The Meat Industry Action Group is taking Silver Fern Farms to the High Court to force it to name a date for a special general meeting.
MIAG collected enough proxy votes from shareholders to force both SFF and Alliance Group to hold sgms as a first step in MIAG’s plan to promote a merger between the two co-operatives.
Alliance has agreed to hold its meeting on September 5, but MIAG said SFF has delayed committing to a date, forcing it to seek a court ruling.
But it appears the meat companies are less than enthusiastic about calling the special meetings at which MIAG has 11 remits to put to shareholders.
MIAG says the remits would advance industry consolidation and help create a new farmer-owned entity, it calls the National Champion, to handle 80% of the country’s red meat industry.
Alliance chairman Owen Poole this week slated MIAG, saying the resolutions were prescriptive, divisive and counter to the legal requirements of directors acting in the best interests of the company.
SFF chairman Eoin Garden accused MIAG of being disruptive and misleading.
“It is more likely that history would record MIAG, by its actions in destabilising the governance of both companies, has in itself been the cause of slowing the progress of industry consolidation.”
MIAG has got the co-operatives agreeing about something – their opposition to the ginger group.
Mr Garden said the company had agreed to hold the meeting following its own special meeting on September 8. A promise to hold the meeting was communicated to MIAG on August 10 and he said the court action was a waste of time, resources and money.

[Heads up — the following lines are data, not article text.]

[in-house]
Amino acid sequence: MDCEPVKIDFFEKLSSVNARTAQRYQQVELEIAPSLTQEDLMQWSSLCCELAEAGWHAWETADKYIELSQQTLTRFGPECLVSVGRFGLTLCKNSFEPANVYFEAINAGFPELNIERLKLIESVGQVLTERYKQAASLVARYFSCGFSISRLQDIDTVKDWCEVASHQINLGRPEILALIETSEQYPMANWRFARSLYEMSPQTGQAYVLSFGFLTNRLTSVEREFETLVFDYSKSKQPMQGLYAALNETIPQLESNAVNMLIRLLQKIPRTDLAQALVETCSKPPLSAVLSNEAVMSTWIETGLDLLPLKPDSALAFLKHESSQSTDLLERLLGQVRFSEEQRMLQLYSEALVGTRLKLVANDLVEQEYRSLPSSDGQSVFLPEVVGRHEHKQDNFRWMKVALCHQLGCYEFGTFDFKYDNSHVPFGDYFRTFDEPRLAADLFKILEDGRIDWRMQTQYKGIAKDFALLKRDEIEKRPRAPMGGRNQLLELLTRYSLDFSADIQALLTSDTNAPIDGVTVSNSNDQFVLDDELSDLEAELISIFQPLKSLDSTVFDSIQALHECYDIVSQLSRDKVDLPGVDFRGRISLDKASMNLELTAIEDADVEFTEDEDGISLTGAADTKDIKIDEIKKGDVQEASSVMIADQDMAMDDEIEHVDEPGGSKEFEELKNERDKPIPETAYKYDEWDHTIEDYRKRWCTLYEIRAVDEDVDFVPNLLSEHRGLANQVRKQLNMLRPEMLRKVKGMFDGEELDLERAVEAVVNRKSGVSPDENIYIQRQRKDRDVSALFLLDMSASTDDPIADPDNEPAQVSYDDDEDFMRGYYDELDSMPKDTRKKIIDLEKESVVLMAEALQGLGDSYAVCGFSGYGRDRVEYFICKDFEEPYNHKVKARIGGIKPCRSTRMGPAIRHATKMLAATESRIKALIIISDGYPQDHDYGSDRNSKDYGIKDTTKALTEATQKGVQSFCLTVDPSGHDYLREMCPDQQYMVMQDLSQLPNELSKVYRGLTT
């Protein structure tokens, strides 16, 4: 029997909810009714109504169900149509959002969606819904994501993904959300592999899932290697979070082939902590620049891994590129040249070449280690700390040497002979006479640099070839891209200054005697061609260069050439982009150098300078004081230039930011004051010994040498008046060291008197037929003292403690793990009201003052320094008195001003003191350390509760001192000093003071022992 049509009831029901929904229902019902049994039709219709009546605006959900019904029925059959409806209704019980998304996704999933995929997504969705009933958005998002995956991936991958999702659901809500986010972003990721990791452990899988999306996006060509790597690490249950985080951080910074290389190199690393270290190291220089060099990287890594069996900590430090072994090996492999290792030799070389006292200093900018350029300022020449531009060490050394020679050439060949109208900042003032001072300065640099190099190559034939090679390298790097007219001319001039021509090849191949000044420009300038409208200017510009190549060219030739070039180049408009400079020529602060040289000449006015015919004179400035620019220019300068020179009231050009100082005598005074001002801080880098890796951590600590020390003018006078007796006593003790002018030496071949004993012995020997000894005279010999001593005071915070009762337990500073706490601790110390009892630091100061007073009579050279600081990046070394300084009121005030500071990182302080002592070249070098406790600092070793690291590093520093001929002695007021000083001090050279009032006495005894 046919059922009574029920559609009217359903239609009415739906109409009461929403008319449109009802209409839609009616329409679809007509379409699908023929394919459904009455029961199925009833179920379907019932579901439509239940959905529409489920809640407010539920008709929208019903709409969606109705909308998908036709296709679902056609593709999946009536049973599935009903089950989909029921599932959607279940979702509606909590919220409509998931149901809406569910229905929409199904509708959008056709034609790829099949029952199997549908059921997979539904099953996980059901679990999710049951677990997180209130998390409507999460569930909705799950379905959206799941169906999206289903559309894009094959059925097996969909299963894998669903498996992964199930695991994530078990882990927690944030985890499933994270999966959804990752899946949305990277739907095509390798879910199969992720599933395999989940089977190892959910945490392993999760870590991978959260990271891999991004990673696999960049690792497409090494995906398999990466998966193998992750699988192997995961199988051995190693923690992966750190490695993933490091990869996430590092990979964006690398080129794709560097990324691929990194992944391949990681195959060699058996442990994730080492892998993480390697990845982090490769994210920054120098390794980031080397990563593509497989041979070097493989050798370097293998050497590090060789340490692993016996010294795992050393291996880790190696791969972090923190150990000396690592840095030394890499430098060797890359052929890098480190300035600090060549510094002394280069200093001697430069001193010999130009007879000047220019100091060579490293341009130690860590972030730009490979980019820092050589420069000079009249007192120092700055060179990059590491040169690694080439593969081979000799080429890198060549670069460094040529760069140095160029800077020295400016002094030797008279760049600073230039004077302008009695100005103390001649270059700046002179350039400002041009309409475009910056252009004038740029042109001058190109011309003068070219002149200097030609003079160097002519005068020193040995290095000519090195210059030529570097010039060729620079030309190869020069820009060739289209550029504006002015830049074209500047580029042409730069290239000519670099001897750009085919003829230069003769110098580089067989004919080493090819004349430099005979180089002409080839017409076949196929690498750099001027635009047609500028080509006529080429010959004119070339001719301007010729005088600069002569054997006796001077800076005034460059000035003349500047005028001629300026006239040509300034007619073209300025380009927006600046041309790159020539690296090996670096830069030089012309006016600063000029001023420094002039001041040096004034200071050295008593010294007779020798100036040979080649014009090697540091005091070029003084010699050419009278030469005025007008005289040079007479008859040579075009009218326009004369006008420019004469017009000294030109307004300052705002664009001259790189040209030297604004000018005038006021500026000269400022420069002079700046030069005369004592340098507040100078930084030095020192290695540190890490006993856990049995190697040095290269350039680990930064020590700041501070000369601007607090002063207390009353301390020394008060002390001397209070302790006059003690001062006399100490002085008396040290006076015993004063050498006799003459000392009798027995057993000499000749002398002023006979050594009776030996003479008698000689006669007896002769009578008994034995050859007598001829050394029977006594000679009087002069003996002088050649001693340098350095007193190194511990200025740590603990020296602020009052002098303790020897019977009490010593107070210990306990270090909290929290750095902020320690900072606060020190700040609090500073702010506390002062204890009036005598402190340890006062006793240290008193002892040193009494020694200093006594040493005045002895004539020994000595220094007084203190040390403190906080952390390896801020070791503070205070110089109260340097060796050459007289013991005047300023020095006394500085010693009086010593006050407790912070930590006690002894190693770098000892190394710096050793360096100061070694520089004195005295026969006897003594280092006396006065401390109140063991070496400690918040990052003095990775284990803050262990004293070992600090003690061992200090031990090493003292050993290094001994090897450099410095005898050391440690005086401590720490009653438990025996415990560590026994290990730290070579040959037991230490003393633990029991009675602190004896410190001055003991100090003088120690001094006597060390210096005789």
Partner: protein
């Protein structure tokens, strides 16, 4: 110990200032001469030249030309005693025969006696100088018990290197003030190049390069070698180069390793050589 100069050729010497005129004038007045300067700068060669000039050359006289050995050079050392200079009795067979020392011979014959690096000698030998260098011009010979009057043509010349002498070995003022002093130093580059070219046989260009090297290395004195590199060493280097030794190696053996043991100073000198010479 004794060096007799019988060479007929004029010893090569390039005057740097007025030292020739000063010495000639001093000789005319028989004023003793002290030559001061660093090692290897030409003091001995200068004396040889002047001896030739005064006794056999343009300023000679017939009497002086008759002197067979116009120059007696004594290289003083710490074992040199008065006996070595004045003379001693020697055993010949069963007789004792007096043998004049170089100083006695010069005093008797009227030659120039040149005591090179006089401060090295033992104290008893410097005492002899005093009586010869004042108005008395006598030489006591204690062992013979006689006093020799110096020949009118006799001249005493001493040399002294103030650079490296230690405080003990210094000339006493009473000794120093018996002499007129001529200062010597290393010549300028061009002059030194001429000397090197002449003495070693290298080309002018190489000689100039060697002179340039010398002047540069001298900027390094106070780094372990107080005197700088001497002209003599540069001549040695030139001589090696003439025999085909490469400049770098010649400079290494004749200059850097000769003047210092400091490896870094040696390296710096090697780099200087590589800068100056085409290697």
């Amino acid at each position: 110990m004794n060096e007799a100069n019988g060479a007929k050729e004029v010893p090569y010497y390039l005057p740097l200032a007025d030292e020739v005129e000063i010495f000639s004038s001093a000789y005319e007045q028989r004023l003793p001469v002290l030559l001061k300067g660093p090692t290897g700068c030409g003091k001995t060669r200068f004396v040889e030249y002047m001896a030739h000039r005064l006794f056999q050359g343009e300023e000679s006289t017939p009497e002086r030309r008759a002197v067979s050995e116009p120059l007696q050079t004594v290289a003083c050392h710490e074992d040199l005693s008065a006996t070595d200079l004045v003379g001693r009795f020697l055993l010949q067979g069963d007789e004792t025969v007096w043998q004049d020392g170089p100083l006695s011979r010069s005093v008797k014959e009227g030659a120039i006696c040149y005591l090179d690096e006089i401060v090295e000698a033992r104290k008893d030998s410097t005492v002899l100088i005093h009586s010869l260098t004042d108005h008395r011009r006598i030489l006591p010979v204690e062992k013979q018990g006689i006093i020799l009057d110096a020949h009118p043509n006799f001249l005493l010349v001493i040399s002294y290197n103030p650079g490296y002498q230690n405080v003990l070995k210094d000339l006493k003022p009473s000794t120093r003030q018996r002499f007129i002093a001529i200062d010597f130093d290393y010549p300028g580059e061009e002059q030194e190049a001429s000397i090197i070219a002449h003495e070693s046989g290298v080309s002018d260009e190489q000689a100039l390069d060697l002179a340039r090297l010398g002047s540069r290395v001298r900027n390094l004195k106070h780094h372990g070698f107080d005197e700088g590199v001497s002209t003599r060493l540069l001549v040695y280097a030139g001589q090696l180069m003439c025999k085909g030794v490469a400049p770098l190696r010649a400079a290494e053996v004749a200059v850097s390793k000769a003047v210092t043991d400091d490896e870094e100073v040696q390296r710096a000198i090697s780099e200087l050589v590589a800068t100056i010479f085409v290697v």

It was important to get an outcome on the SFF-PGG Wrightson vote so the new board could hear issues raised at the special meeting initiated by MIAG.
“We have a firm option on the table to be voted on, whereas MIAG requirements are about a process, as opposed to a concrete transaction.”
MIAG is seeking proxies for the special general meetings. Farmers should be very careful about giving them until they understand exactly what their votes would be supporting.
The groups demands for industry consolidation are not a recipe for improved returns and as Poole points out they would breach directors’ legal responsibility to act in the best interests of their company.